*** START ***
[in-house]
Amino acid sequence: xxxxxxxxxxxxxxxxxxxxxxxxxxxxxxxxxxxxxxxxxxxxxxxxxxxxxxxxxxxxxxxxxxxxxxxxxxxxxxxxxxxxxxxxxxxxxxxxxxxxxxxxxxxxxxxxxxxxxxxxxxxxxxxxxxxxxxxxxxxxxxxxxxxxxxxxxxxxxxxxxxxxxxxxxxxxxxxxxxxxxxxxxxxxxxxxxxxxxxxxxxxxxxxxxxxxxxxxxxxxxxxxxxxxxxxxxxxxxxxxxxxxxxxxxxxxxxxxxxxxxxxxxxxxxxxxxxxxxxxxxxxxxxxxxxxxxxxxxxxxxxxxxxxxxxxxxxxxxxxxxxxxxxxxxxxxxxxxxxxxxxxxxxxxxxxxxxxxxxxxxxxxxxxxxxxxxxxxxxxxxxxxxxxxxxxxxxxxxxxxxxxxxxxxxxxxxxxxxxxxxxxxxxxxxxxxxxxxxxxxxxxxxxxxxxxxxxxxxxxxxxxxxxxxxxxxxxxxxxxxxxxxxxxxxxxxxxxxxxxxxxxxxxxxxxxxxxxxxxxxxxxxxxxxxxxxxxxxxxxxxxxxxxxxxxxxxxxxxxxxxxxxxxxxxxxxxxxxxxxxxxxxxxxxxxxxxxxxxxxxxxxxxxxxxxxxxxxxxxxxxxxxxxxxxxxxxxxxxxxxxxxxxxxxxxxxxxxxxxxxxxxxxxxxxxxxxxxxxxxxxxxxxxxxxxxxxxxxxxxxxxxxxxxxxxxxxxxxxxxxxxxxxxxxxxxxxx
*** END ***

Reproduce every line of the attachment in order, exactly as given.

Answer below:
[in-house]
Amino acid sequence: xxxxxxxxxxxxxxxxxxxxxxxxxxxxxxxxxxxxxxxxxxxxxxxxxxxxxxxxxxxxxxxxxxxxxxxxxxxxxxxxxxxxxxxxxxxxxxxxxxxxxxxxxxxxxxxxxxxxxxxxxxxxxxxxxxxxxxxxxxxxxxxxxxxxxxxxxxxxxxxxxxxxxxxxxxxxxxxxxxxxxxxxxxxxxxxxxxxxxxxxxxxxxxxxxxxxxxxxxxxxxxxxxxxxxxxxxxxxxxxxxxxxxxxxxxxxxxxxxxxxxxxxxxxxxxxxxxxxxxxxxxxxxxxxxxxxxxxxxxxxxxxxxxxxxxxxxxxxxxxxxxxxxxxxxxxxxxxxxxxxxxxxxxxxxxxxxxxxxxxxxxxxxxxxxxxxxxxxxxxxxxxxxxxxxxxxxxxxxxxxxxxxxxxxxxxxxxxxxxxxxxxxxxxxxxxxxxxxxxxxxxxxxxxxxxxxxxxxxxxxxxxxxxxxxxxxxxxxxxxxxxxxxxxxxxxxxxxxxxxxxxxxxxxxxxxxxxxxxxxxxxxxxxxxxxxxxxxxxxxxxxxxxxxxxxxxxxxxxxxxxxxxxxxxxxxxxxxxxxxxxxxxxxxxxxxxxxxxxxxxxxxxxxxxxxxxxxxxxxxxxxxxxxxxxxxxxxxxxxxxxxxxxxxxxxxxxxxxxxxxxxxxxxxxxxxxxxxxxxxxxxxxxxxxxxxxxxxxxxxxxxxxxxxxxxxxxxxxxxxxxxxxxxxxxxxxxx